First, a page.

Tom Greatrex: The full effects of the UK’s decision to leave the European Union are yet to be fully understood, and is unlikely to be until well after Article 50 is activated and negotiations formally begin. The decision to leave will effect pretty much every industry in the UK, but with no real contingency planning undertaken prior to the referendum, we will all simply have to wait. It will be important the new cabinet unit created to understand the implications fully engage with industry to ensure the best possible outcome for UK business. Despite this, today and for probably at least two years, the UK remains a member of the European Union. More importantly for the energy sector, the result to leave, just as had there been a result to remain, does not change the UK’s energy challenge. More than 24GW of generating capacity has come offline in the last six years and needs to be replaced, whether in or out of the EU. As a result, we must use the mechanisms already in place as the starting point to attract investment in the reliable, low carbon electricity generation needed to keep the lights on and meet our domestic and international emissions commitments. In fact, outside of the EU, solving this energy crisis in as low carbon a way as possible is perhaps more pertinent because we must reduce our exposure to the long term volatility of fluctuating fossil fuel prices, which would hit consumers and businesses.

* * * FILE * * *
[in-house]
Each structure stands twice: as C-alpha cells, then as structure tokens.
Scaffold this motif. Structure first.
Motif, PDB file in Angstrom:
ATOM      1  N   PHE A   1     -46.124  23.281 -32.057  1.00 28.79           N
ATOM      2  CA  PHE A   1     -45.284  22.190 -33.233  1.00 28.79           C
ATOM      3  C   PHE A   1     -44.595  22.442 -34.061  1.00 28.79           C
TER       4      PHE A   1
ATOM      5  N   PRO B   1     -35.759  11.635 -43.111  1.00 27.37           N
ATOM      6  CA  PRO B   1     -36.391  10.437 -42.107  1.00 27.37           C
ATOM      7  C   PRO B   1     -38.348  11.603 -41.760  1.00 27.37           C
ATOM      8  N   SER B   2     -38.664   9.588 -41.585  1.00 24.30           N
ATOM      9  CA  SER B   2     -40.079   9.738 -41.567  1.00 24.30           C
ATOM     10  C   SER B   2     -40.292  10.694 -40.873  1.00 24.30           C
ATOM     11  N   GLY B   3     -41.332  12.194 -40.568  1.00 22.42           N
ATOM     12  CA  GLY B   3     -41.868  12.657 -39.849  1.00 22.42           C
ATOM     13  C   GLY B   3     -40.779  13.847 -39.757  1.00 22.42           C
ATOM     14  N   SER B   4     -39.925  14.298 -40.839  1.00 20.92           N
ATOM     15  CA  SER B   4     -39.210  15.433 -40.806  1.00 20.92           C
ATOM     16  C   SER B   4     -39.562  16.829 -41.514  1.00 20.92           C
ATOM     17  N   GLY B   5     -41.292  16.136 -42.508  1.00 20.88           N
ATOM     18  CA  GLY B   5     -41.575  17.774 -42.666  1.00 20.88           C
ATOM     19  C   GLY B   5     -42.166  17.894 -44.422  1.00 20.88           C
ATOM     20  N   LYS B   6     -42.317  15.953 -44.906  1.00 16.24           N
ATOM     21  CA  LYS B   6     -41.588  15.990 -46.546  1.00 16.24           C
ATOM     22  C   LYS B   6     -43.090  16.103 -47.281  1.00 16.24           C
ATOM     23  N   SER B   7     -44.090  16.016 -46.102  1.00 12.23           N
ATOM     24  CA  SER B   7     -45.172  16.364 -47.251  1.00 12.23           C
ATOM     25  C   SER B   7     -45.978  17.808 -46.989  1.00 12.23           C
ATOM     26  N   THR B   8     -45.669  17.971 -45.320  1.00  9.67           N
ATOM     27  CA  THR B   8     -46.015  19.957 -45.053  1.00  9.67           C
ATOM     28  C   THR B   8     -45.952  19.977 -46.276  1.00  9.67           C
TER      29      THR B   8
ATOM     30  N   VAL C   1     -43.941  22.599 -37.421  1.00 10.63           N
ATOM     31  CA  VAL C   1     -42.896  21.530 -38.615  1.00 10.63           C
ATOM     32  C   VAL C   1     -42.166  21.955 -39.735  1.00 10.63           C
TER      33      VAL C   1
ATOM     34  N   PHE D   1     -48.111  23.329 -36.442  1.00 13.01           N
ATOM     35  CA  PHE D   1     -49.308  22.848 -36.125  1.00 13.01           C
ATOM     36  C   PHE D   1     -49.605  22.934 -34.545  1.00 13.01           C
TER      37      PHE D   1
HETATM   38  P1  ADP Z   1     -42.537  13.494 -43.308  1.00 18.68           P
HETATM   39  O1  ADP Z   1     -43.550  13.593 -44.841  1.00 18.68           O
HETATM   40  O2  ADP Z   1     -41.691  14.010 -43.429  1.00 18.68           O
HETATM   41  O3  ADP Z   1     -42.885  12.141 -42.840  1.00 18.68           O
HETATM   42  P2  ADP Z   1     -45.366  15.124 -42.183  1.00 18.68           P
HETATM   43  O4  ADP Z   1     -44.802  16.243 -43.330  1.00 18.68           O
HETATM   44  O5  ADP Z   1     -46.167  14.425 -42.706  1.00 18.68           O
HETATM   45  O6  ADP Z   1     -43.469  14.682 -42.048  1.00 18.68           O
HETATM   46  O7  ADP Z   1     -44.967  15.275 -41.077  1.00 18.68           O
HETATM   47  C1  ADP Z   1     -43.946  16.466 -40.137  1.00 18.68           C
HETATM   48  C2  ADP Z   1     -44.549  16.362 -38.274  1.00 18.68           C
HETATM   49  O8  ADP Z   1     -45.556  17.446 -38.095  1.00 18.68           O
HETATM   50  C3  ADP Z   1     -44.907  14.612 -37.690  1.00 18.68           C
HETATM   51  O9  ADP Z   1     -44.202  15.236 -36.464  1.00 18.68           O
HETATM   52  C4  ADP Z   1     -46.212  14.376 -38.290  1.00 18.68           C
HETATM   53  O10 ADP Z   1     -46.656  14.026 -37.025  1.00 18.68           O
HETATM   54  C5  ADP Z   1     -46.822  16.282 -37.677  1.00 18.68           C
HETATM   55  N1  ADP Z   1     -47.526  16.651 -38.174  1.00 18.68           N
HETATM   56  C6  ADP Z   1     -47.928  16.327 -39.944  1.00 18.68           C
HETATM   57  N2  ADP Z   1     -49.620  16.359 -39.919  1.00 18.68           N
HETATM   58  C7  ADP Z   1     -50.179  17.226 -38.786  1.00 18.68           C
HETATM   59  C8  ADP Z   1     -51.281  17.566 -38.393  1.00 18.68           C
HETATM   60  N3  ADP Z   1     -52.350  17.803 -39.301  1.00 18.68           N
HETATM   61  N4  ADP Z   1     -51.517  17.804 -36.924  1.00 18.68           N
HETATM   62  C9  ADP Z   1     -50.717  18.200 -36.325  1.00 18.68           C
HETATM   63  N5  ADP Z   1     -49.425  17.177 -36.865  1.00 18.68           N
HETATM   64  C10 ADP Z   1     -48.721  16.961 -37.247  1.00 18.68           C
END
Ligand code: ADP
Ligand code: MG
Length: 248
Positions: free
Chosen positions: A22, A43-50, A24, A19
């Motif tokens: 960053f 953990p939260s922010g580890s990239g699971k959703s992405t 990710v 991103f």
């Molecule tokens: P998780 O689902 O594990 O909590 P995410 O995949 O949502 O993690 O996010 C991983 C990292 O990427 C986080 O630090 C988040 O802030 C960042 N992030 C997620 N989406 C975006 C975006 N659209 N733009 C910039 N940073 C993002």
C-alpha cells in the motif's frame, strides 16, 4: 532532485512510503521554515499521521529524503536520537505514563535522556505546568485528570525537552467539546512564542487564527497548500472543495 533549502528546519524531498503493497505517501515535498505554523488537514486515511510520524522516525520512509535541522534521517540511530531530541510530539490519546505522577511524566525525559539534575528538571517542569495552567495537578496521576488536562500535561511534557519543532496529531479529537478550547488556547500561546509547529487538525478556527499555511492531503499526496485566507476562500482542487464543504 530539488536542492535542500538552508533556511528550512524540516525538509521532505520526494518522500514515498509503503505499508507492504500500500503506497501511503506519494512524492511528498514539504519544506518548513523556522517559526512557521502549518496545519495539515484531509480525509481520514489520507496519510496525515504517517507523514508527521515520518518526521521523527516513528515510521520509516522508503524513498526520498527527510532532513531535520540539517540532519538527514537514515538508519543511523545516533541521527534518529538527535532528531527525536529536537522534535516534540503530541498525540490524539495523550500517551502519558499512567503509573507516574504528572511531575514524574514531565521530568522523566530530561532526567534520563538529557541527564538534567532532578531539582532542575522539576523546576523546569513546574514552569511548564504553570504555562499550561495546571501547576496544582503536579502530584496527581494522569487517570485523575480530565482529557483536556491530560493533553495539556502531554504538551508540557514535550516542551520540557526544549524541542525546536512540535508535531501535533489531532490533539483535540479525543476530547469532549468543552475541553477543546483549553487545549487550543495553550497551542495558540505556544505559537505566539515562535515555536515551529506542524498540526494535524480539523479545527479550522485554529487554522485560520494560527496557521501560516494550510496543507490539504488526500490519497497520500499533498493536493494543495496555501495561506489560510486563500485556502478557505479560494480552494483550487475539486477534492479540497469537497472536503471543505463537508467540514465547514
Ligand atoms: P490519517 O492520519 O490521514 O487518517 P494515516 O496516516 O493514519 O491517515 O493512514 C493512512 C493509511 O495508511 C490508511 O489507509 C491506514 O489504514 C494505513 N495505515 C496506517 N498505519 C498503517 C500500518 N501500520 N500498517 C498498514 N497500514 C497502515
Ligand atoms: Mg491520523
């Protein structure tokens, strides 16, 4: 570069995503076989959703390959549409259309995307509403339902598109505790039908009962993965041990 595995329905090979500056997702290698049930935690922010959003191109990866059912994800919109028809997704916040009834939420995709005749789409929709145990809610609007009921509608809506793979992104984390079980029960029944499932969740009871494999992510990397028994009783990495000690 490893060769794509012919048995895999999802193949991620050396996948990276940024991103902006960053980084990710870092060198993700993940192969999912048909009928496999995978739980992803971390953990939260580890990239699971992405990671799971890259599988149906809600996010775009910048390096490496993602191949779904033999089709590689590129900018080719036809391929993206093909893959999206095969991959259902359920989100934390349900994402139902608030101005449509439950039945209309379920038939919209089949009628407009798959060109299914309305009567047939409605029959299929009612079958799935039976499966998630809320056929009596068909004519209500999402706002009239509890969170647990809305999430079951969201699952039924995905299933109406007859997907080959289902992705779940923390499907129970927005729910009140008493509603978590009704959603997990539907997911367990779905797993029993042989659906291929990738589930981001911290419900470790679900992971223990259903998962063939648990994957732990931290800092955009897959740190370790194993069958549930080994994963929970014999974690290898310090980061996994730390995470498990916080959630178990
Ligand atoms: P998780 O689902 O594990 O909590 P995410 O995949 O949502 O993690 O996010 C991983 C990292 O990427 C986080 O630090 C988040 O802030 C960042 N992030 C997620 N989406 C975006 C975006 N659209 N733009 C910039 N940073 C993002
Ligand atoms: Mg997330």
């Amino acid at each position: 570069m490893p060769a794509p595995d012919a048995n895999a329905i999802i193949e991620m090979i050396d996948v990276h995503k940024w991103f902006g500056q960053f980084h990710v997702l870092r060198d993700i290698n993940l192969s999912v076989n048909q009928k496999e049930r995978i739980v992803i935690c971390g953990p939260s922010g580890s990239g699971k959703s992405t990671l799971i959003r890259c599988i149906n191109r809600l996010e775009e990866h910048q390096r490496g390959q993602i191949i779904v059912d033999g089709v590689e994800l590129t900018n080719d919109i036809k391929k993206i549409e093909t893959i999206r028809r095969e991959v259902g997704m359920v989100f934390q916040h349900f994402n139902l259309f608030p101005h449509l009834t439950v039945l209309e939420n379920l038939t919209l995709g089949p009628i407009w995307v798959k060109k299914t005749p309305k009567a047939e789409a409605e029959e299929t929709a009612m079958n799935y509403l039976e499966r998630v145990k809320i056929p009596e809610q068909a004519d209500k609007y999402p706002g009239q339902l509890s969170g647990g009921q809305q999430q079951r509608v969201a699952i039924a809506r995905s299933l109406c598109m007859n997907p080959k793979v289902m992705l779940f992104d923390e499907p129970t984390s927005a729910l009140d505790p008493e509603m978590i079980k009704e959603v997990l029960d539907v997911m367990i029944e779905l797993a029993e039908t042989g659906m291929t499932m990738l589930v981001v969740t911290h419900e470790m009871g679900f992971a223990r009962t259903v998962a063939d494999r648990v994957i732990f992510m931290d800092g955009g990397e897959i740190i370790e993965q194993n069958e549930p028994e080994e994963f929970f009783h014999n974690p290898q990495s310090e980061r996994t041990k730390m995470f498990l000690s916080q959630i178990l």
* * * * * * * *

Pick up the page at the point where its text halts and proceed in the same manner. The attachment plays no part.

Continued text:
Politics Home 30th June 2016 read more »